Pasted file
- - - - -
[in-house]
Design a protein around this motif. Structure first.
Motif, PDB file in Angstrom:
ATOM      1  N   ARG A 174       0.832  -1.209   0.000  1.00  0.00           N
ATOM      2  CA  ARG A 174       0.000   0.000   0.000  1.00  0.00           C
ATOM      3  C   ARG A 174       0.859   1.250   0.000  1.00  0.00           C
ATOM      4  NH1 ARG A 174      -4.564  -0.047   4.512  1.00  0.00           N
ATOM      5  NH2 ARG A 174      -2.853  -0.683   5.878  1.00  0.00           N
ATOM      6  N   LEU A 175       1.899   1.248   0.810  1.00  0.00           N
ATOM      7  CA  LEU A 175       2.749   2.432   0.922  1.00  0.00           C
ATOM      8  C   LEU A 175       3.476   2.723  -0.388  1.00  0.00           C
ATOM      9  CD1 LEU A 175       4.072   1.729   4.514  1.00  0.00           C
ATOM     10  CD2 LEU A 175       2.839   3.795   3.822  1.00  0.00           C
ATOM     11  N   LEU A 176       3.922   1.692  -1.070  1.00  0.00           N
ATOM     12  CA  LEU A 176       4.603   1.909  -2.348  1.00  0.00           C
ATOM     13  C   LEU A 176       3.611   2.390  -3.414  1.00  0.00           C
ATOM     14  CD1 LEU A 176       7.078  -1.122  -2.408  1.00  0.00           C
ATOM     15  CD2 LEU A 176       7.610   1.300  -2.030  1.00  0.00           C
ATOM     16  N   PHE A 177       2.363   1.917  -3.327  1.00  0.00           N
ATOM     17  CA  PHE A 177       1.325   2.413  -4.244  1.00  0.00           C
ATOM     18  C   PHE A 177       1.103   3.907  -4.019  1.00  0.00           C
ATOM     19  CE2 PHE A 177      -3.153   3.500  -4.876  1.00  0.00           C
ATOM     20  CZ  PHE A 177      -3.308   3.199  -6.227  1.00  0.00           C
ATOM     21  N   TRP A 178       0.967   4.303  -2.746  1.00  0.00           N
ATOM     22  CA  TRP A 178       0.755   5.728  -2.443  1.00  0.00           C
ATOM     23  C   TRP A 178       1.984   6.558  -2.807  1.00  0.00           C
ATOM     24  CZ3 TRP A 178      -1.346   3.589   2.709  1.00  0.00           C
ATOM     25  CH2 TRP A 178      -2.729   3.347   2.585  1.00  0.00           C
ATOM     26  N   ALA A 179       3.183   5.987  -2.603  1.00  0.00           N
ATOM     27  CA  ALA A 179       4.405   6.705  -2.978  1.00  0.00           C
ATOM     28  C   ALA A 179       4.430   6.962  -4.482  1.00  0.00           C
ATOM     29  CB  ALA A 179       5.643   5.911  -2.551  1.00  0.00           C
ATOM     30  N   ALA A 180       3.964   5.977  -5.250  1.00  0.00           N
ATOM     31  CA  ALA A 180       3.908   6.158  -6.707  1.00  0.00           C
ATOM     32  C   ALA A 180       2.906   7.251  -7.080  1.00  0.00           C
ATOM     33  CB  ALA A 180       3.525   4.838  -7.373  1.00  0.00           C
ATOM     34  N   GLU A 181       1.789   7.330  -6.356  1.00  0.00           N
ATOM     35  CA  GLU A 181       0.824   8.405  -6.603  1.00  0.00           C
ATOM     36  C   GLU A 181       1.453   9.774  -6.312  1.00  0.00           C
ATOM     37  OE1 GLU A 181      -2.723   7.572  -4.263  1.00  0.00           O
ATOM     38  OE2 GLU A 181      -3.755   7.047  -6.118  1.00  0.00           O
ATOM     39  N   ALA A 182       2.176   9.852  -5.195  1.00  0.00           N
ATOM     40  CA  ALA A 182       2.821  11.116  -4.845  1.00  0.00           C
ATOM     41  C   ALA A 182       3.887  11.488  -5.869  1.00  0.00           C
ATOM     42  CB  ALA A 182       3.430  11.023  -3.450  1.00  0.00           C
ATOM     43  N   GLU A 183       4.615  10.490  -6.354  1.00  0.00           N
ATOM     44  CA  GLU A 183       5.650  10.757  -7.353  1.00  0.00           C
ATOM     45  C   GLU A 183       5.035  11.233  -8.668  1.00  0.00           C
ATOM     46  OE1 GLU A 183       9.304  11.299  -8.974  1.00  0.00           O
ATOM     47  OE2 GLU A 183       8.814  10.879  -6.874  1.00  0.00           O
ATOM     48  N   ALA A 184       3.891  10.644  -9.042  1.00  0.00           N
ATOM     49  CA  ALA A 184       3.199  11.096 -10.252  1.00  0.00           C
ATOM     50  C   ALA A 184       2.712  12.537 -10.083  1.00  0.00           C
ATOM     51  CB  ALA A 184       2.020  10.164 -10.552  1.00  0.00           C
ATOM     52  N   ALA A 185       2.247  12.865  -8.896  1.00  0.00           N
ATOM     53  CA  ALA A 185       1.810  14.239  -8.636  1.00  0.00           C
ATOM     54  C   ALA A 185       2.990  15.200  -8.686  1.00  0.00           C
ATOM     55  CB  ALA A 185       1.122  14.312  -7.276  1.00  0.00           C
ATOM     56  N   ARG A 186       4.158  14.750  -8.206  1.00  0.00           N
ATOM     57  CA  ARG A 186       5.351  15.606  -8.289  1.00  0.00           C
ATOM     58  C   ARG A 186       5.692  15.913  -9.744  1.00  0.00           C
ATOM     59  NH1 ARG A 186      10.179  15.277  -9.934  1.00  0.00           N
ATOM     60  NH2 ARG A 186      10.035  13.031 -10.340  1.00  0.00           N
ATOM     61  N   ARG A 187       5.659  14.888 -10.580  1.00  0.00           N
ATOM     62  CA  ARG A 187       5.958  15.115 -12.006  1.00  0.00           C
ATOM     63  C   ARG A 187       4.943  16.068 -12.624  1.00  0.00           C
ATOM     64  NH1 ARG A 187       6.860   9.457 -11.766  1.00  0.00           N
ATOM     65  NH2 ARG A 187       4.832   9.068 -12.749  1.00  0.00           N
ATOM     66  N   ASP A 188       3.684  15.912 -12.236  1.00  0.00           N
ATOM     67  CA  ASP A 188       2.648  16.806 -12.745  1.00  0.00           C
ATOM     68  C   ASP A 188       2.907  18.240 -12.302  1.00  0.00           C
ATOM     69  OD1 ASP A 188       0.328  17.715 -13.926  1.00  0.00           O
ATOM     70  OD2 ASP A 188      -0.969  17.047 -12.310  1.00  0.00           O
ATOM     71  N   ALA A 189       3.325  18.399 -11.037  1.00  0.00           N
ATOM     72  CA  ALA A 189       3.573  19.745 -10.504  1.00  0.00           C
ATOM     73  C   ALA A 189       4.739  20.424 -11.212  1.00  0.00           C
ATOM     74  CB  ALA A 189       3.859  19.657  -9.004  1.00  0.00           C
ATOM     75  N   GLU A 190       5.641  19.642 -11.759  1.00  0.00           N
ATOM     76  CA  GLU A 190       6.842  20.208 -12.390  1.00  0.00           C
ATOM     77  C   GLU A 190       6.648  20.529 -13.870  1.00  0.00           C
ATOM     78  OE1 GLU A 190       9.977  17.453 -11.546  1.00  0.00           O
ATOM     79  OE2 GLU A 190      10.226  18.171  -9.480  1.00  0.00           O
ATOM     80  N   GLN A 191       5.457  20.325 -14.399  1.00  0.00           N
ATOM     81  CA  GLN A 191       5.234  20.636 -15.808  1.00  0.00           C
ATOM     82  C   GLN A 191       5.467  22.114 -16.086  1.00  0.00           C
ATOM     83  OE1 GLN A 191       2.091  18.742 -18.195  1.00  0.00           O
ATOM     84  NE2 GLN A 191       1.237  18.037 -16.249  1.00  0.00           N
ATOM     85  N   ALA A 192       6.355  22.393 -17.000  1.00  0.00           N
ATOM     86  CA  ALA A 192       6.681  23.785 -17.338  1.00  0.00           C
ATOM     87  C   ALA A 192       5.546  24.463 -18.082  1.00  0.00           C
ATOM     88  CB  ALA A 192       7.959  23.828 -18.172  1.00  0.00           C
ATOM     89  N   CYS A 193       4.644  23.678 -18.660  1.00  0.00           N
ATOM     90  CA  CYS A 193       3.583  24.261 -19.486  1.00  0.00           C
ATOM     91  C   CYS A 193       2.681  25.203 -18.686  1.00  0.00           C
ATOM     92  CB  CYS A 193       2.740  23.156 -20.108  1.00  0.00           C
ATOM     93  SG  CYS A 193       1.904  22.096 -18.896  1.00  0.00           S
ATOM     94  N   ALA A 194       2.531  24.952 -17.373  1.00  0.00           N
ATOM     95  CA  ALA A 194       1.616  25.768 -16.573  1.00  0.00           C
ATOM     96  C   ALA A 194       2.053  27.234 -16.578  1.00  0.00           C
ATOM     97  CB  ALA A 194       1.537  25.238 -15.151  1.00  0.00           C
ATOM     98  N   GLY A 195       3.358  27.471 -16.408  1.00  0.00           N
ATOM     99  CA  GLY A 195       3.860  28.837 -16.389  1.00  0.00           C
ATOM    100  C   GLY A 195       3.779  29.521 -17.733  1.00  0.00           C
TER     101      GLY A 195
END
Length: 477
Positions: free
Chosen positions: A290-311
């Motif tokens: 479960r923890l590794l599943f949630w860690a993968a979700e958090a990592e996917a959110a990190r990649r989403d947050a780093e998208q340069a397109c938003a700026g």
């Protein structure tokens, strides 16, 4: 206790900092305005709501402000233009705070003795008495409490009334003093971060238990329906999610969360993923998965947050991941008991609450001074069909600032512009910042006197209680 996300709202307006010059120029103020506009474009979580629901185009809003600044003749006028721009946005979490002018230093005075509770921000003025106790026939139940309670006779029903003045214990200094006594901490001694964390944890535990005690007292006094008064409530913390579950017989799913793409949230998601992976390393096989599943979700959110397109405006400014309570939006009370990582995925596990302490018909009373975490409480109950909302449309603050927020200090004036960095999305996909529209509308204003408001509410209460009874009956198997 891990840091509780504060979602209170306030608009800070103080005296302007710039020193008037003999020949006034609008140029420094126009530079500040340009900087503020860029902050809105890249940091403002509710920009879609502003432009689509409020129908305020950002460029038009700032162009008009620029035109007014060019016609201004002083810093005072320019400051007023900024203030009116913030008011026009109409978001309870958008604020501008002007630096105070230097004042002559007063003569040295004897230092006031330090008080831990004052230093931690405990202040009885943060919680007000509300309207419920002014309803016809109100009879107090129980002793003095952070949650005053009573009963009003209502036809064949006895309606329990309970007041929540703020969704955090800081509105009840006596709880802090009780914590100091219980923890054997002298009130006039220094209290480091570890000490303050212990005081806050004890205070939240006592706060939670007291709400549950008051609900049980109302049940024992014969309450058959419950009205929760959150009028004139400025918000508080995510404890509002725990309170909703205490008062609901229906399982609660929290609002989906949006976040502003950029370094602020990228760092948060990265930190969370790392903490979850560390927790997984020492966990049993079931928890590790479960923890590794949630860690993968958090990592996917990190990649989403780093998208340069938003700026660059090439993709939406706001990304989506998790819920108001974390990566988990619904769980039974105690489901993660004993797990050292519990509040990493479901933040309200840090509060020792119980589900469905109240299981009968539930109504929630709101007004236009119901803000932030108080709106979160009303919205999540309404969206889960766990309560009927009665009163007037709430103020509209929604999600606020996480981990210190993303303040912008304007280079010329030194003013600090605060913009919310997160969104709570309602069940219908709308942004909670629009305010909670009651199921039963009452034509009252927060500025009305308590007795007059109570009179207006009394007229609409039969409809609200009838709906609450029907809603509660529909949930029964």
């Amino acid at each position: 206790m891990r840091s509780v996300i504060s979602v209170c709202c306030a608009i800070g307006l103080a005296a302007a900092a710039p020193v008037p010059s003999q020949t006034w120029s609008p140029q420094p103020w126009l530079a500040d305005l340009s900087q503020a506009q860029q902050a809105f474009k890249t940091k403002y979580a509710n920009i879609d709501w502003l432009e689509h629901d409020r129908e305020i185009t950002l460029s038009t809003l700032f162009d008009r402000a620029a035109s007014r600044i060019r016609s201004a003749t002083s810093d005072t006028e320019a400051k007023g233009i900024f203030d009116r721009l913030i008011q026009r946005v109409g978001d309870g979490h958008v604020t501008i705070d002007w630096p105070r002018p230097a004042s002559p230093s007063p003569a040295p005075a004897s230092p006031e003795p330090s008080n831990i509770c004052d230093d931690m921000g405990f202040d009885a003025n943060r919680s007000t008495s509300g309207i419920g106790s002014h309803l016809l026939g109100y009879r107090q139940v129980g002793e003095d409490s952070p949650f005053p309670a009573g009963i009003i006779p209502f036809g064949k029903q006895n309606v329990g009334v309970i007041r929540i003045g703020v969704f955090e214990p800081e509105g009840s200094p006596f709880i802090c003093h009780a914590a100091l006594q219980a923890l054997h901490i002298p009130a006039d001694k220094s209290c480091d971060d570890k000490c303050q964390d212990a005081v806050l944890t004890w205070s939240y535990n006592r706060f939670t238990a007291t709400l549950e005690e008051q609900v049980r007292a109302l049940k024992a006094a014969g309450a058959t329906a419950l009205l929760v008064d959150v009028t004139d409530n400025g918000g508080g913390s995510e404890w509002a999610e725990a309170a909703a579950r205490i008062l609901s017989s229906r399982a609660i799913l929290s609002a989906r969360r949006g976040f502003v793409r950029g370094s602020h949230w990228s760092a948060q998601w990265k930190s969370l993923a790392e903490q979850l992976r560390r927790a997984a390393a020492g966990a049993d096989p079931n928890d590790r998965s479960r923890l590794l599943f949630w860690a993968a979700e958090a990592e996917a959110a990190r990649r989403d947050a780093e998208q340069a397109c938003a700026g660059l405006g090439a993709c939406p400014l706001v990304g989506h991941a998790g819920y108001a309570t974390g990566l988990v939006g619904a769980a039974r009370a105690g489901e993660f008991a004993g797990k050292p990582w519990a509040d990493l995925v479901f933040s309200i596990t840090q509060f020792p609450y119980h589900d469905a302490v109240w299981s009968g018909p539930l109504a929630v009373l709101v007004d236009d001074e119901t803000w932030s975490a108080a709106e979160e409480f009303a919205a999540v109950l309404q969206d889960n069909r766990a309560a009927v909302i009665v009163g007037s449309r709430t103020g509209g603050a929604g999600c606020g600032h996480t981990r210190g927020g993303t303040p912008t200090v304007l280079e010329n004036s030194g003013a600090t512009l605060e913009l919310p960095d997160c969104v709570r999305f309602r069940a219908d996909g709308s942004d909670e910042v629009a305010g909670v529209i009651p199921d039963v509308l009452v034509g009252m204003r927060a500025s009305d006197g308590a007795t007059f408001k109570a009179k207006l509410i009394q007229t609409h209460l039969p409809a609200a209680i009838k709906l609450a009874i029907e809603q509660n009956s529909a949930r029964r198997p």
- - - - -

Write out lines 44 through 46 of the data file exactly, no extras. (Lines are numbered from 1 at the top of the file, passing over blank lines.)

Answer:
ATOM     41  C   ALA A 182       3.887  11.488  -5.869  1.00  0.00           C
ATOM     42  CB  ALA A 182       3.430  11.023  -3.450  1.00  0.00           C
ATOM     43  N   GLU A 183       4.615  10.490  -6.354  1.00  0.00           N